Famed privacy-first search engine DuckDuckGo is coming under some scrutiny for its syndication agreement with Microsoft as researchers point out its cozy tracker partnership.
According to a Twitter thread posted by a supply chain and privacy data researcher named Zach Edwards, "the new DuckDuckGo browser for iOS/Android don't block Microsoft data flows, for LinkedIn or Bing."
Sometimes you find something so disturbing during an audit, you've gotta check/recheck because you assume that *something* must be broken in the test.
But I'm confident now.
— ℨ𝔞𝔠𝔥 𝔈𝔡𝔴𝔞𝔯𝔡𝔰 (@thezedwards) May 23, 2022
For a company that prides itself on privacy and anonymity, Edwards' find sent DuckDuckGo CEO and founder Gabriel Weinberg into mitigation mode with the following statement issued in response.
For non-search tracker blocking (eg in our browser), we block most third-party trackers. Unfortunately, our Microsoft search syndication agreement prevents us from doing more to Microsoft-owned properties. However, we have been continually pushing and expect to be doing more soon.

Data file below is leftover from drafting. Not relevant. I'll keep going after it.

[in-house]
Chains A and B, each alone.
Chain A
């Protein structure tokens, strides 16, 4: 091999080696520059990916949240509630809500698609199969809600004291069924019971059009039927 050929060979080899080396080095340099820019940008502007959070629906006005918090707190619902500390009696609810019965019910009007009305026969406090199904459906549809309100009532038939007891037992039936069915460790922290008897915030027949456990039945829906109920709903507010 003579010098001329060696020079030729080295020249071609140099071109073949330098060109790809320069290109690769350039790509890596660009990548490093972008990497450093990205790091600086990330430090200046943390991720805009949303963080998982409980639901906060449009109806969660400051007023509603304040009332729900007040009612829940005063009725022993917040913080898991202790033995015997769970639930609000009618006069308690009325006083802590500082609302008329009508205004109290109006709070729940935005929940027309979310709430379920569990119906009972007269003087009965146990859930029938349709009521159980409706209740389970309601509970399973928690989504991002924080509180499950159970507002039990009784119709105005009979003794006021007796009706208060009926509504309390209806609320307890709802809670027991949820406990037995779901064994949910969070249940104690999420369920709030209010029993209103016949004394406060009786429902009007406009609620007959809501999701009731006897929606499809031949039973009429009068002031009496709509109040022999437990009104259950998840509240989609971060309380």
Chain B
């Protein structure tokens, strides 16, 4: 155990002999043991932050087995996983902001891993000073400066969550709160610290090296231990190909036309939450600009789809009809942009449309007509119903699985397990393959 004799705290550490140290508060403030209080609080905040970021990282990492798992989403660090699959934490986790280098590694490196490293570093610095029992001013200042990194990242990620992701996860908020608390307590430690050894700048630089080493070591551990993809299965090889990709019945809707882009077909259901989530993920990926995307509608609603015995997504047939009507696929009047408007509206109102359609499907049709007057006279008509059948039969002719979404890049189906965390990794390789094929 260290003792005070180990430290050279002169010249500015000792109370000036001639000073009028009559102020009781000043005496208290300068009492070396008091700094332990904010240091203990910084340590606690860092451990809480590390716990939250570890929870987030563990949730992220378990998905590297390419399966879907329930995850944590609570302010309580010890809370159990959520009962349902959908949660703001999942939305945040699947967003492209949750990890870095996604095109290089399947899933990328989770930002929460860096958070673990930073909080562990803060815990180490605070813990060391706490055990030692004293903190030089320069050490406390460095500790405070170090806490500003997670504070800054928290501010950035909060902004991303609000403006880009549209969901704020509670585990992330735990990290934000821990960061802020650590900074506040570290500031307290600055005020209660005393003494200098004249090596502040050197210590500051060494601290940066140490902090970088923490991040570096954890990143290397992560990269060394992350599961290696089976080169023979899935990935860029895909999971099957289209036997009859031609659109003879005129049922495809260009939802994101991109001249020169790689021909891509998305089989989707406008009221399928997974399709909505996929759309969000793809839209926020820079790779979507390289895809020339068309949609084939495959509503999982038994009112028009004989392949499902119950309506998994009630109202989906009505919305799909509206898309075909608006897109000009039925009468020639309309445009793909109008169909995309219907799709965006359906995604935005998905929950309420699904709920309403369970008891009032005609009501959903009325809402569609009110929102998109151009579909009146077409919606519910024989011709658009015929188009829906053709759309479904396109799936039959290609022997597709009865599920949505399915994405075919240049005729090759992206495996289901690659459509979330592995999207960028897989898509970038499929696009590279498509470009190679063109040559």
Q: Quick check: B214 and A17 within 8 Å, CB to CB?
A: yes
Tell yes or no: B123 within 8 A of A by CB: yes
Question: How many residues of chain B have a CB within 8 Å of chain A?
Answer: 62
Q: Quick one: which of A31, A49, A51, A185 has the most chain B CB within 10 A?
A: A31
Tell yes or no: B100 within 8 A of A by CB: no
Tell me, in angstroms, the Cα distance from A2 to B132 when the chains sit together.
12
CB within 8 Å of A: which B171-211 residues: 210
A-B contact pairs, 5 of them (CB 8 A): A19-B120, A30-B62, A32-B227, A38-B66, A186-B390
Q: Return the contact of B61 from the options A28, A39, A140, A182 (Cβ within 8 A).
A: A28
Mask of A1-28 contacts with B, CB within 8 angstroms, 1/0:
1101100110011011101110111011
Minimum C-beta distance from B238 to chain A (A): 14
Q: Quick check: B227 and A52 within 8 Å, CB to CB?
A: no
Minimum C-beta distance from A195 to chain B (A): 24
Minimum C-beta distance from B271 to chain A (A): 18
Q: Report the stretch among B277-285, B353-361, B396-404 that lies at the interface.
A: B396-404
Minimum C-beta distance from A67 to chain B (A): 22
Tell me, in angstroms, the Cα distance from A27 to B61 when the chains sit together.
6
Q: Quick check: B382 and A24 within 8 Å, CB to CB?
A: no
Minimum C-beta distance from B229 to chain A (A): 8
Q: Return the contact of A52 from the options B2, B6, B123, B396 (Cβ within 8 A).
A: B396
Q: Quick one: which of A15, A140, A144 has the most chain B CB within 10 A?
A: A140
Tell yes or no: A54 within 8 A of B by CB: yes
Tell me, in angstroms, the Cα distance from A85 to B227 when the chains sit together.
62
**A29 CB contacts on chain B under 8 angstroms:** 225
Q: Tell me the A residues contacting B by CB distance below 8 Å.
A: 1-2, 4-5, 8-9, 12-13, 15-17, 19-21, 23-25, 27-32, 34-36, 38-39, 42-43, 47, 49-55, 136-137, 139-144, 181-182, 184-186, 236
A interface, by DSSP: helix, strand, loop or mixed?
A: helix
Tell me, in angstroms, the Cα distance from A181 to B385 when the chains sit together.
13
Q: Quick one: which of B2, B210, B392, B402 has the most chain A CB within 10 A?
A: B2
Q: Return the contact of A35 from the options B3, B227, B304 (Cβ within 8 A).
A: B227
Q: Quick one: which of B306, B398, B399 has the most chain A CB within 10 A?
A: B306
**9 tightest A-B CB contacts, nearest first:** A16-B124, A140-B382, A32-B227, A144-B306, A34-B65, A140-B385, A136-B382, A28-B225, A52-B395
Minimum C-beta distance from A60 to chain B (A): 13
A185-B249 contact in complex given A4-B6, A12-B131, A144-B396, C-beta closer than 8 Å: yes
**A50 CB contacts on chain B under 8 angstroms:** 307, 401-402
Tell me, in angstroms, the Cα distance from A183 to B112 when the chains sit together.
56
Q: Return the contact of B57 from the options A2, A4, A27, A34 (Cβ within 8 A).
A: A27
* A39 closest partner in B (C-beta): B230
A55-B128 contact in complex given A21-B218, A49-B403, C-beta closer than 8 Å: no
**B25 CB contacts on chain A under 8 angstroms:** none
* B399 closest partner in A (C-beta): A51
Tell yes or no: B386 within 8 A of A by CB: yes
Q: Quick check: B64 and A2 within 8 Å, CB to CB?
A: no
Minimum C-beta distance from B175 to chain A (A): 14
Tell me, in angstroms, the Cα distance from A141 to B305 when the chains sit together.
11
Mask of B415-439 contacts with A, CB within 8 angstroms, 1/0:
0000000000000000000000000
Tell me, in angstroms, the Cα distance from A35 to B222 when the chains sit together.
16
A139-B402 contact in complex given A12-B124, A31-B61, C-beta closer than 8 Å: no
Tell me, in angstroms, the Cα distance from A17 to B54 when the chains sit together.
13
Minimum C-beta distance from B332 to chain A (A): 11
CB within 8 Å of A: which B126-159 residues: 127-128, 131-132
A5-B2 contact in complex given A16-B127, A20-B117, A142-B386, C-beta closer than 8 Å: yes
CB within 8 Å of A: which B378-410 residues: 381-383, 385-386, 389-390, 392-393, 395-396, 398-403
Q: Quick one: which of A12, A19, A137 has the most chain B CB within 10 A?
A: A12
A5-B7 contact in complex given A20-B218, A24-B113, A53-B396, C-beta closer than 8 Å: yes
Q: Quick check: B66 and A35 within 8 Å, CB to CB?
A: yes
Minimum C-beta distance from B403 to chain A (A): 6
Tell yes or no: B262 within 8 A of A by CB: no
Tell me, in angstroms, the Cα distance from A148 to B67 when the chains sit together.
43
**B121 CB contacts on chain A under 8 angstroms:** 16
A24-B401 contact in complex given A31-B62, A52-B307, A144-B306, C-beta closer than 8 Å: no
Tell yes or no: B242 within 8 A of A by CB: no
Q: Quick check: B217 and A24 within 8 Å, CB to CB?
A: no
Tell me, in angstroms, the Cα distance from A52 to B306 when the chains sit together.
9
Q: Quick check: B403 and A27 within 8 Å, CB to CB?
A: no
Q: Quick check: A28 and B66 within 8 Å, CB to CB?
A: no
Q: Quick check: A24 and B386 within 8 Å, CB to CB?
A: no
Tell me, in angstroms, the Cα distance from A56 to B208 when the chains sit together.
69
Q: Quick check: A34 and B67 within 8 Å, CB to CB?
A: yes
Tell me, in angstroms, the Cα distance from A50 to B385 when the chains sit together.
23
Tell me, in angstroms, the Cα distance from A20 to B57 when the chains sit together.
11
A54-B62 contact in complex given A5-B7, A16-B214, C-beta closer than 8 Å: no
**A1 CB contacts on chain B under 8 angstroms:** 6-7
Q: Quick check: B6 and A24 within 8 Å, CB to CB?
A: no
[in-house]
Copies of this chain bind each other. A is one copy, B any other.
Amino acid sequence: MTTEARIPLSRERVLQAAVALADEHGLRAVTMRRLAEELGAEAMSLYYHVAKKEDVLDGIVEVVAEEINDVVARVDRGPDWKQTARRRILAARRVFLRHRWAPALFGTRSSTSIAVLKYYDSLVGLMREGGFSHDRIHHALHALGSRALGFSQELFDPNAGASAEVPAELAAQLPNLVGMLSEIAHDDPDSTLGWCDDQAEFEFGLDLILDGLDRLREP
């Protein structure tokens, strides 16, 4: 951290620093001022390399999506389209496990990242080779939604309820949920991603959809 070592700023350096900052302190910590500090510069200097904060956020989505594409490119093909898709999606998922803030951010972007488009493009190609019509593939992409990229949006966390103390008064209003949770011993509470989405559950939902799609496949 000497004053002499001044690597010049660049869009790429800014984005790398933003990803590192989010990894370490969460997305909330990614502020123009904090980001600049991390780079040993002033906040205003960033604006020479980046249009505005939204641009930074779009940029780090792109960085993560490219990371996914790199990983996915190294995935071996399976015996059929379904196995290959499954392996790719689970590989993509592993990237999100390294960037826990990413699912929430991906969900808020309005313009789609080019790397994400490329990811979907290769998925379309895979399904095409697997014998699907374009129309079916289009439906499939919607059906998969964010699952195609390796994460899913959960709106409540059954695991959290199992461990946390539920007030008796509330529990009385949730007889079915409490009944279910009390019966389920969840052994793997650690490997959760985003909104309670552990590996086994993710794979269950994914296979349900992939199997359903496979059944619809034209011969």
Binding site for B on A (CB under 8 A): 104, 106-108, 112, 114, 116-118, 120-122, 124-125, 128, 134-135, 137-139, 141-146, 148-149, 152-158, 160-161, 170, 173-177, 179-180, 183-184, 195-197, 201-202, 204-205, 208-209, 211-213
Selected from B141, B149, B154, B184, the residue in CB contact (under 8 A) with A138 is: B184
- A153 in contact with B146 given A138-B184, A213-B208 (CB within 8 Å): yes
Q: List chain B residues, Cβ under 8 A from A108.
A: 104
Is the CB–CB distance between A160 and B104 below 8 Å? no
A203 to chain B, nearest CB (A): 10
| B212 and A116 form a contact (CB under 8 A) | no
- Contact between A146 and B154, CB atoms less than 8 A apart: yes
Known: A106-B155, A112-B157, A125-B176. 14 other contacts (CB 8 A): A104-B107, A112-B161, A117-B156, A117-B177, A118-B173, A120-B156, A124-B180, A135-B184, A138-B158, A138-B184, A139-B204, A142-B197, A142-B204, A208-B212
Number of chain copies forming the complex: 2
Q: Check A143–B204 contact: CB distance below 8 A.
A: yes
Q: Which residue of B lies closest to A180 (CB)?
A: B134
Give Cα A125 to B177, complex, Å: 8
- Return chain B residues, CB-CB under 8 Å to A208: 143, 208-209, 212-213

Weinberg continues on in the Twitter thread with, "Many people think about us as search first, so I wanted to be clear that this has nothing to do with search."
As for the details of the syndication agreement between Microsoft and DuckDuckGo, Microsoft Advertising (the platform) is allowed to track the IP addresses and other information of DuckDuckGo users when an ad link is clicked.
According to the agreement, the tracker is in place for accounting purposes between the two companies and is not associated or used for profiling a user.
Furthermore, the syndication agreement is only supposed to affect the browser usage and not the entirety of DuckDuckGo's search engine, which the company is pushing Microsoft to remove for greater transparency, according to Weinberg.
As of now, Microsoft has declined to comment on the matter.